Knowing my Millennial sons’ aversion to monochrome films from an early age, I’ve long presumed that Sutton, age 2 and 1/2, would never consider watching any black-and-white movies, classic or otherwise.

Hence my surprise on Sunday when we watched about a half-hour’s worth of the original King Kong (’33), which she was pretty much enthralled by. It was the first time Sutton and I had absorbed a critically approved, historically important movie together. Quite a moment.

Sutton’s basic tastes run to stuff like Bluey and animation, etc. Then again she’s watched The Wizard of Oz, sepia footage and all, so she’s already gotten her feet wet in that regard.

She and Jett had been watching Kong: Skull Island (’17), which is basically (we’ve all endured it) an empty crappo CG-propelled Super-Kong flick.

I asked Jett if she’d ever seen the original, and he flipped it on. We both presumed Sutton would be bored if we started from the beginning as the first 35 or 40 minutes are pure dialogue and set-up, so we went straight to the native sacrifice scene.

I offered no coaching or commentary except in one instance. I explained to Sutton that Kong loves Fay Wray‘s Ann Darrow, and that while she’s very scared by his size and whatnot he’ll never hurt her, that he only wants to care for and protect her.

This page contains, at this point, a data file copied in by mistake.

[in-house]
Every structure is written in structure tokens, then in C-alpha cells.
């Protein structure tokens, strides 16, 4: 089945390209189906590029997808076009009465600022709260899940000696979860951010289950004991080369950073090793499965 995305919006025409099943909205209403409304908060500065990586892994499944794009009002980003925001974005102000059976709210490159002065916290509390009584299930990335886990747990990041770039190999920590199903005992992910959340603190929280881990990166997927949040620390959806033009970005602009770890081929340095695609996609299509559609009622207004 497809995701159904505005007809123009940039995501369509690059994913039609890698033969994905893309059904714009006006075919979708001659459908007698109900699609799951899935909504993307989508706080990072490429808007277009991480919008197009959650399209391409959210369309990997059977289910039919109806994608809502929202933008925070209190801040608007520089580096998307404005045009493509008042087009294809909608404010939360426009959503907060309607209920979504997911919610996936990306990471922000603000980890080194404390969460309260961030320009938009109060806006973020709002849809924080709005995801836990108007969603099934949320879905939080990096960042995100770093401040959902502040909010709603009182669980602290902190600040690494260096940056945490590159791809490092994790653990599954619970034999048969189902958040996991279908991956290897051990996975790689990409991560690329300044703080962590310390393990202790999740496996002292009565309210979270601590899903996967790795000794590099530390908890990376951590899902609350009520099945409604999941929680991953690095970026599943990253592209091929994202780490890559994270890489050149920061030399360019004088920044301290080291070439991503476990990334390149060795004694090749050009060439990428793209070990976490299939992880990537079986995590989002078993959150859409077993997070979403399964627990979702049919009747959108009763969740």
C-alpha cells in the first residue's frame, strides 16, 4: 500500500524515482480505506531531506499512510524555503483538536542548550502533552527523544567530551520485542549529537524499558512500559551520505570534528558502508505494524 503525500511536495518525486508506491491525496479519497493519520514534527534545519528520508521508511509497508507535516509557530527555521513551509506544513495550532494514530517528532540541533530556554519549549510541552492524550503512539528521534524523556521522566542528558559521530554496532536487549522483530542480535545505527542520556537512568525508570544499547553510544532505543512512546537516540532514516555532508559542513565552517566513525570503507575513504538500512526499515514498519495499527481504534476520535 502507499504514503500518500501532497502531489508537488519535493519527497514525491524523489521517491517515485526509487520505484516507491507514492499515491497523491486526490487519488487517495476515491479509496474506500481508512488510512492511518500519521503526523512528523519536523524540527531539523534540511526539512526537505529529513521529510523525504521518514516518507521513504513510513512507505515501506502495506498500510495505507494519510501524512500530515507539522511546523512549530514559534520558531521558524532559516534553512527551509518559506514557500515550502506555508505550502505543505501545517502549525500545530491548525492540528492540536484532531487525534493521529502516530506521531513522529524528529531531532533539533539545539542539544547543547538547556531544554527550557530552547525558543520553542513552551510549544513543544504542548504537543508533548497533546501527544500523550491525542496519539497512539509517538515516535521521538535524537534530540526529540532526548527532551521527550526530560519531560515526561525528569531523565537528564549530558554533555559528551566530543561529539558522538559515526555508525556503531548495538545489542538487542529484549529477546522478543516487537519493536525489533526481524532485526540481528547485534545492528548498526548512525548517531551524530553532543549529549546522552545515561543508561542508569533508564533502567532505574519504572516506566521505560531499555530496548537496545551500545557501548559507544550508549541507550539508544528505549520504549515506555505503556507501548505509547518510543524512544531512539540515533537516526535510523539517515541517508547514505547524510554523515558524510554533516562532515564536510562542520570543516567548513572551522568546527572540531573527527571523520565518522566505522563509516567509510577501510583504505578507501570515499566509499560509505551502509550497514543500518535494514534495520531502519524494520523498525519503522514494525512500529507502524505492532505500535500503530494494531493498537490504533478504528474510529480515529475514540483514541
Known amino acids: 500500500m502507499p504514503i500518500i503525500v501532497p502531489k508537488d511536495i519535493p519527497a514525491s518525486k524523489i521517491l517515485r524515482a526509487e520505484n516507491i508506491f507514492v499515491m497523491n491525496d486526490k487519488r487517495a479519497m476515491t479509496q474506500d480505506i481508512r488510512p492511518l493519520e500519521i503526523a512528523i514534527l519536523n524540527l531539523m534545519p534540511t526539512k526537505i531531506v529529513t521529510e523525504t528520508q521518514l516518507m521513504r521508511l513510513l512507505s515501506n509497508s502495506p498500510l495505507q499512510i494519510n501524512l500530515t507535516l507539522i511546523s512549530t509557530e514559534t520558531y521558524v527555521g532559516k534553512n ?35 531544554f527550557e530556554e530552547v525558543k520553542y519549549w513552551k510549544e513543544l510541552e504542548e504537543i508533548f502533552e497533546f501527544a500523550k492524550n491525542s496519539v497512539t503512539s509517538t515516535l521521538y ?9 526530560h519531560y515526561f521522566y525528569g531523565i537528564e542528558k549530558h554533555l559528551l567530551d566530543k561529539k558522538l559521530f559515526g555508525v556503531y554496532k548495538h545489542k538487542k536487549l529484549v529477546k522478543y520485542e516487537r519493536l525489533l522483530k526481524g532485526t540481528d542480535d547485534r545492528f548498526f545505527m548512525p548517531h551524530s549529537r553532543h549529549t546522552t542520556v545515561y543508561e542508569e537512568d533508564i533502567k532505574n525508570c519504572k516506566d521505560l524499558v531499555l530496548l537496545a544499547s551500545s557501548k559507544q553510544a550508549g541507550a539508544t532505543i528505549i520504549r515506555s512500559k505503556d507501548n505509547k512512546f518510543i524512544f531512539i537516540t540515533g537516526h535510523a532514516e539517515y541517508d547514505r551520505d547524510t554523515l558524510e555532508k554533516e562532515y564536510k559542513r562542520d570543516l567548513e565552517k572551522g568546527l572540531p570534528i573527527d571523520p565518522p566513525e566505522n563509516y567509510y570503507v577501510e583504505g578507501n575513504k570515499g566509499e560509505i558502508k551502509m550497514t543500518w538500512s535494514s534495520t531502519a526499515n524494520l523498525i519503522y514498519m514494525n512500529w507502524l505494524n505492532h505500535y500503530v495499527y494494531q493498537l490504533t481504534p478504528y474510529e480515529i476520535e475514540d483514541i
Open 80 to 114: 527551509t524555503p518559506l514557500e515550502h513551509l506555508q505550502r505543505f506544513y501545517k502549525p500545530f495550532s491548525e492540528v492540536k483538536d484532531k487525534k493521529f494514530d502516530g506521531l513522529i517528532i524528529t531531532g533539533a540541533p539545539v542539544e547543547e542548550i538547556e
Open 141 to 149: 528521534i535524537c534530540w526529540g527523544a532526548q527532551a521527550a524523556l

Alas, harumphy HE commenter “bentrane” disapproved. He asked if I “really think King Kong is suitable for a two-year-old,” blah blah.

HE response: “King Kong is epic and historic and iconic — a film that’s emotional and tragically sad and unmistakably about unrequited love. In short, it’s a human-scaled movie about serious feelings, and one that reflects certain emotional realities, unlike the bullshit super-Kong films of the last decade or so, which are merely about size, spectacle and jizzy CG…basically garbage.

“What you seem to be saying is that the crap-bullshit Kong films and their ruthless super-violence (along with the GodzillaKaiju films) are okay in a common-gruel, eye-candy sense because they’re empty cartoons but an exciting, 90 year-old adventure-spectacle that touches upon serious human behaviors and tragic sadnesses (including cruelty to animals, greed, delusional dreams of glory) should be kept away from little kids.”

HE commenter “riboleh”: “There is a realistic depiction (albeit stop-motion) of Kong ripping open a dinosaur’s jaw. It’s quite violent, and I would suggest you reconsider creating nightmares for her. It’s so obviously not akin to today’s empty spectacle CGI, not because of how it looks, but how it plays…which feels quite real, and certainly to a two-year old.”

My bottom-line feeling is that King Kong is, at the end of the day, a nutritious film, and that today’s entertainment fare, especially the kind aimed at tykes, is wafer-thin and informed by banal sugary sentiment — pretty much dedicated to eliminating nutrition at all costs.

I figured that exposing Sutton to nutritious content on a brief, one-time basis is worth the risk, as she’s unlikely to see any quality films for quite a few years.